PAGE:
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Pediatr Nephrol. 1994 Jun;8(3):383-6.

Renal disorders in children: a Nigerian study.

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1
Department of Paediatric Nephrology, University of Port Harcourt Teaching Hospital, Port Harcourt, Rivers State.

Abstract

A 5-year prospective study of 699 children with various renal disorders from around the Rivers State, which is in the eastern part of Nigeria, was carried out to investigate the prevalence and significance of renal disorders in a third world country with no facilities for paediatric dialysis and transplantation. Renal disorders accounted for 1.1% of the total outpatients and hospital admissions. The commonest renal disorders were urinary tract infection (UTI, 68.9%); nephrotic syndrome (NS 14.6%) and acute post streptococcal glomerulonephritis (11.4%). Patients with UTI had no vesico-ureteric reflux (VUR); 22.5% of NS patients were steroid sensitive. Wilms' tumour (1.6%) was the second commonest childhood malignant tumour; 8 of 17 cases of obstructive uropathy were secondary to meatal stenosis following circumcision. Fifteen children developed end-stage renal failure (ESRF), mainly due to chronic glomerulonephritis, giving a prevalence rate of 7.5 children per year per million childhood population. Hence, renal disorders are common in Nigeria and although VUR is rare, ESRF may approximate figures seen in the western world. This highlights the need to improve the country's socioeconomic conditions, make medical facilities more available to children and prevent renal diseases that may lead to ESRF.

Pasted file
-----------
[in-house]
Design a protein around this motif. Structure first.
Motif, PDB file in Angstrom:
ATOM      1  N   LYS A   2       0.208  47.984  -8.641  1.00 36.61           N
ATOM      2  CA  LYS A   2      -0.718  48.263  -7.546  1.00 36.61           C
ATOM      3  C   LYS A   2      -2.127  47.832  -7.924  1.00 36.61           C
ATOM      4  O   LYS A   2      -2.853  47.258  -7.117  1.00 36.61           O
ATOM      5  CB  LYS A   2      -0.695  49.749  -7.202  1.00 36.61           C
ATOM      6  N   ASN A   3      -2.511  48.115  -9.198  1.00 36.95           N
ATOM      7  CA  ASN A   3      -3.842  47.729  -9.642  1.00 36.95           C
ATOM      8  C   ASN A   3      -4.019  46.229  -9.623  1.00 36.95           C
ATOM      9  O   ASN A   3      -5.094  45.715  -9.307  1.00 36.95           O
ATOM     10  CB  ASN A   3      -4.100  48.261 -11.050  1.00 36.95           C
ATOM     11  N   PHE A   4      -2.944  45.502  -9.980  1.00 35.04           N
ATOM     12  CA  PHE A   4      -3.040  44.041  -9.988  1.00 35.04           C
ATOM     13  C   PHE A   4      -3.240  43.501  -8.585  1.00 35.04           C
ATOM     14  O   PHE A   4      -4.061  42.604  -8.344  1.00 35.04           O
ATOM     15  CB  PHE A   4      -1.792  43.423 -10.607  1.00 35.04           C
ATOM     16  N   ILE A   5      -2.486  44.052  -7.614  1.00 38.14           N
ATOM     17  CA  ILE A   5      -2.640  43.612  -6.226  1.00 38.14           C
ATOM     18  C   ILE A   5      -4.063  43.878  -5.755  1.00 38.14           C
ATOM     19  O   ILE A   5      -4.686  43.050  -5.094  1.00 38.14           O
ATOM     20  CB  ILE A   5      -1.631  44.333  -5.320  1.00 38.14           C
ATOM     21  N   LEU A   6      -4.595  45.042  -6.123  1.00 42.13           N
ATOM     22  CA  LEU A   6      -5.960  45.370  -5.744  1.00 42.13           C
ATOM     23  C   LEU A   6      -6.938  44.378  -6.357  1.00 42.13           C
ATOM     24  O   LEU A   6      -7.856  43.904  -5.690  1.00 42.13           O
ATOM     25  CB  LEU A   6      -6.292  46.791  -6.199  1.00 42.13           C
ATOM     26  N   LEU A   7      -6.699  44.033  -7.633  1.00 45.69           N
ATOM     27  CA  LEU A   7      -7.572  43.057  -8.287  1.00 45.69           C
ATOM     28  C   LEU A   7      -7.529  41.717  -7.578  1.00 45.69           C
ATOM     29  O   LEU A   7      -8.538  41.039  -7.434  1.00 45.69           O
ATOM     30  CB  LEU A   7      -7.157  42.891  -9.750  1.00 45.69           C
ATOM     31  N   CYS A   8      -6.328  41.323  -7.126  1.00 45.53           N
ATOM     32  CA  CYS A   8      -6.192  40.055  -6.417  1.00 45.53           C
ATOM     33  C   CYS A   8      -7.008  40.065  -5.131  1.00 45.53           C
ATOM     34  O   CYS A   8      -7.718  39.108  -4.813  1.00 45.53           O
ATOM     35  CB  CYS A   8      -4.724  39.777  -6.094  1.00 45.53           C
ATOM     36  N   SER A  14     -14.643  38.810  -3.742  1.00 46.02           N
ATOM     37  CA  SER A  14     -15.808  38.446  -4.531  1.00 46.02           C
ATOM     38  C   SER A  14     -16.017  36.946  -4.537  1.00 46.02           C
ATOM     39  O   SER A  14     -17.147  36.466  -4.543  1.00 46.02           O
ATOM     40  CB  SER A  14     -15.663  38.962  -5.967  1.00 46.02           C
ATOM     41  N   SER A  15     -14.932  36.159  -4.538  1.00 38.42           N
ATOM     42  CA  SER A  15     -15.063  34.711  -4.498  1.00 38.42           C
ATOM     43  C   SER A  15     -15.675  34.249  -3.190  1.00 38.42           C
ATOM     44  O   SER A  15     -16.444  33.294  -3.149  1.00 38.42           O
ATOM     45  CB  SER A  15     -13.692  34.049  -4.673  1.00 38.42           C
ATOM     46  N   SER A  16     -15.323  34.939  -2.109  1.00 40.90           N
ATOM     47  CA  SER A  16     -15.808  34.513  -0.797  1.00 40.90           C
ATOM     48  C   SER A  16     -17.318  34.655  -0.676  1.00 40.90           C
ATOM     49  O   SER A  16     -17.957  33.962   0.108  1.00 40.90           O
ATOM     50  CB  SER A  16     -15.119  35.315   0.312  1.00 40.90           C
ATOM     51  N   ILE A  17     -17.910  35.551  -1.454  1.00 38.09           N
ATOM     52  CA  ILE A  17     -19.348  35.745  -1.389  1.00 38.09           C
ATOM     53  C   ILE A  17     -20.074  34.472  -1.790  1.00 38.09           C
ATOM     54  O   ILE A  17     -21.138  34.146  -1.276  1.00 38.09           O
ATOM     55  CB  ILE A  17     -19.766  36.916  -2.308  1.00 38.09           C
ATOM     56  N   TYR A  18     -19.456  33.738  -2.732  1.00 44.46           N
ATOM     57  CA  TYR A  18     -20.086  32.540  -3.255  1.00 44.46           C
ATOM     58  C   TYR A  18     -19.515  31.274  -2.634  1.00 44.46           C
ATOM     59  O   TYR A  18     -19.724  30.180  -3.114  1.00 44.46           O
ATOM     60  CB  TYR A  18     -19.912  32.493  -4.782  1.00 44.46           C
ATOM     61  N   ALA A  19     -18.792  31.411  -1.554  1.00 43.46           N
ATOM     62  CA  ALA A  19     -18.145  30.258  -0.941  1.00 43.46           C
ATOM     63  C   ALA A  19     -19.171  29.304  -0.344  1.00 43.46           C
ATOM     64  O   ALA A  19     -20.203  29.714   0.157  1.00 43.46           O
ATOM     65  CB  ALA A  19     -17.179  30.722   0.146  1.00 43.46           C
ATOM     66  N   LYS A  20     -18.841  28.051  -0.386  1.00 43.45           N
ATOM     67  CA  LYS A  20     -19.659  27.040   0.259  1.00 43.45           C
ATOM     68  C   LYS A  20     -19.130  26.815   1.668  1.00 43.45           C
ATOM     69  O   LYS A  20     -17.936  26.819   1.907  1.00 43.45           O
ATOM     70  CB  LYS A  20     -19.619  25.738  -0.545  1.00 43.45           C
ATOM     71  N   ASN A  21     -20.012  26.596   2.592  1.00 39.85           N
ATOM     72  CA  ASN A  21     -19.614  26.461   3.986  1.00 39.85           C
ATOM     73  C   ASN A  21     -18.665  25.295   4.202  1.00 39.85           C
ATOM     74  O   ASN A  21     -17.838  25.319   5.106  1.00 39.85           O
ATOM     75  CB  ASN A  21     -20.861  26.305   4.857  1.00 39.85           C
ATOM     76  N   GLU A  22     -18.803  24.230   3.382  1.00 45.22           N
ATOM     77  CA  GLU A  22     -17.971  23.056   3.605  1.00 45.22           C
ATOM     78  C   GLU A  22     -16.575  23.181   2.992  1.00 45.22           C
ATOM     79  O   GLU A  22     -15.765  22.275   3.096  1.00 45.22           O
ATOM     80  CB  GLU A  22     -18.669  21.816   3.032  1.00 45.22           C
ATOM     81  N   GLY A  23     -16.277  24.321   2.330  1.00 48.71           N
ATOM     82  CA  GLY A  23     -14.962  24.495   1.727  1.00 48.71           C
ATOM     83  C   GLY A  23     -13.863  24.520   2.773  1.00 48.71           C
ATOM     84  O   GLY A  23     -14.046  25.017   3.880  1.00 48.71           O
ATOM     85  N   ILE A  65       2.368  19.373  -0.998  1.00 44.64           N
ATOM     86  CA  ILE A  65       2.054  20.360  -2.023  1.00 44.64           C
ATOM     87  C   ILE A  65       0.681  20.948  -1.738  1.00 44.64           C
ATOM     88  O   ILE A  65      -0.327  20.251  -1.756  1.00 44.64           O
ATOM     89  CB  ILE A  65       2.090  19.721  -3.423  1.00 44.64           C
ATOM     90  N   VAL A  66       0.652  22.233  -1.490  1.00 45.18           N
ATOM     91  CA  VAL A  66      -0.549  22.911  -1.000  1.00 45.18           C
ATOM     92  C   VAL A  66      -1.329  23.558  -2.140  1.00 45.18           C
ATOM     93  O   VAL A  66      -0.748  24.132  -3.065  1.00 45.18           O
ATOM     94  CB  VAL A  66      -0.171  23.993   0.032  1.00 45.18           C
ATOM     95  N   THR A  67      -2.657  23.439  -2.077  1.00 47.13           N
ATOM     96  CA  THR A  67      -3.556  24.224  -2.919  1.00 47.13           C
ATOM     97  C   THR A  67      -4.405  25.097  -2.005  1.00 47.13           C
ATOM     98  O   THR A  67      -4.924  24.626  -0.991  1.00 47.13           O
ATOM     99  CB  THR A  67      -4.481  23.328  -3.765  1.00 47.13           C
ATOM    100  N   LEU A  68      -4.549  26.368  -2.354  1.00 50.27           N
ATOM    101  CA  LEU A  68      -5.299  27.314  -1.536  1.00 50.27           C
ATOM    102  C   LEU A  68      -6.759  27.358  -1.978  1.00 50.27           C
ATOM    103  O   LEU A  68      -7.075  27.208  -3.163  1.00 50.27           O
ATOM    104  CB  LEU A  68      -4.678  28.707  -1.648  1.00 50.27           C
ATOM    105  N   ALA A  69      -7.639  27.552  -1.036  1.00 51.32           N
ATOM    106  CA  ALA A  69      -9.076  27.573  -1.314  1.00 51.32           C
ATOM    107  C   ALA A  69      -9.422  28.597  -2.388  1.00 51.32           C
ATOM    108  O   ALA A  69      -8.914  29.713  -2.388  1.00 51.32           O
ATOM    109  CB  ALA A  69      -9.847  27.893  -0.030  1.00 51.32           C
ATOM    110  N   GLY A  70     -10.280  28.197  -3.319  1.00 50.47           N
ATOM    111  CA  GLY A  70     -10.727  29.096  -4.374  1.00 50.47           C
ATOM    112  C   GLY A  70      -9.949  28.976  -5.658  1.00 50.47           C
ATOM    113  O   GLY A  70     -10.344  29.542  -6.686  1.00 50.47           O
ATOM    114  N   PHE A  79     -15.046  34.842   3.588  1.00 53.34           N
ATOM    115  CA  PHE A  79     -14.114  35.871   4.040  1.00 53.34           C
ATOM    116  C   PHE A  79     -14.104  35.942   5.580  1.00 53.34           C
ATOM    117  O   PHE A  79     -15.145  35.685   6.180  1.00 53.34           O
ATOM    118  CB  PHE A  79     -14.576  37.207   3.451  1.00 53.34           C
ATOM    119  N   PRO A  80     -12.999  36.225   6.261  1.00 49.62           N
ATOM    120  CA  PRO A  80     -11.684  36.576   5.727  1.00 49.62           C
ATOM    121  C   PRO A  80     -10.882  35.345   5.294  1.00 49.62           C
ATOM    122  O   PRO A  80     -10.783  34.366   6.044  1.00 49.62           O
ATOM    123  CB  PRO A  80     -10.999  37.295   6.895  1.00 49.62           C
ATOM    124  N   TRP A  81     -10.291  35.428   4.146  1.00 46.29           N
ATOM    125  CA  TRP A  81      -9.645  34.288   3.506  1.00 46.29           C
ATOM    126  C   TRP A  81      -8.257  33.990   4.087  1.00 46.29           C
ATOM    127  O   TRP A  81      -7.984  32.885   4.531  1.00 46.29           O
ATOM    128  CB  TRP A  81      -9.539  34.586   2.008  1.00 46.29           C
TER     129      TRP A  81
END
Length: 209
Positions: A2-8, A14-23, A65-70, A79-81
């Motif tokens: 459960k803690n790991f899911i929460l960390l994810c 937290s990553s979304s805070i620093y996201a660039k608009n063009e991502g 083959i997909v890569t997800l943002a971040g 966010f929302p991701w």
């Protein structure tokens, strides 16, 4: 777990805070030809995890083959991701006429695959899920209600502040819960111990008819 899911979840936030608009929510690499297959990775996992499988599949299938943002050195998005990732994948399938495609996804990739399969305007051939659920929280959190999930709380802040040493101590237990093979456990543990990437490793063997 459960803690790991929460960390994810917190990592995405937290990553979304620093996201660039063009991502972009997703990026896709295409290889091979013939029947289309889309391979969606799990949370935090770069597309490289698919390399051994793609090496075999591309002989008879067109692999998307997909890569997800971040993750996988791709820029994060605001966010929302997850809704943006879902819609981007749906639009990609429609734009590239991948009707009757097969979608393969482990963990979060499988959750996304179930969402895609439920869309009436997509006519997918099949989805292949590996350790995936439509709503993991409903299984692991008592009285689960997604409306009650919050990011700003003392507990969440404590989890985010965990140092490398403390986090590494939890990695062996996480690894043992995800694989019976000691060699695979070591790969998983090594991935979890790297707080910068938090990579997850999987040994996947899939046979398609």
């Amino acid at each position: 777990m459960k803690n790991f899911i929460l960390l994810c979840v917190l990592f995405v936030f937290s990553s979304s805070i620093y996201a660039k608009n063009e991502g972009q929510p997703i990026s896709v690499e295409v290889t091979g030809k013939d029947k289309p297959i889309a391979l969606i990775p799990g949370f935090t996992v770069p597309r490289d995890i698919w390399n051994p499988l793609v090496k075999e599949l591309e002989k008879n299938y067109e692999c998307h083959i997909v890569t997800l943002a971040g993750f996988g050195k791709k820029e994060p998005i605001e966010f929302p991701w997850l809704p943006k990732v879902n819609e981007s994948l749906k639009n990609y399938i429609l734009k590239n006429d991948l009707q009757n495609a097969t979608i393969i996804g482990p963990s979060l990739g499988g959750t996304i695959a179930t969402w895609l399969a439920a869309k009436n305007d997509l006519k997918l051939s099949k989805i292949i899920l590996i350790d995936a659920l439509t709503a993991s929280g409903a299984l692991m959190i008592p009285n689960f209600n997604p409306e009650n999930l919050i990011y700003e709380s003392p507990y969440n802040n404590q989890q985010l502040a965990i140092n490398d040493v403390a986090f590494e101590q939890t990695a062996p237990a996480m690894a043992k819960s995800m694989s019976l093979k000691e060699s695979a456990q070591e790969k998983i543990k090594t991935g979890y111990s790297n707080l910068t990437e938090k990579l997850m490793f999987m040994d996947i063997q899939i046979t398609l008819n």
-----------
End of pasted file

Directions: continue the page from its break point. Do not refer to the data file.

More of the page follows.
PMID:
7917872
[Indexed for MEDLINE]
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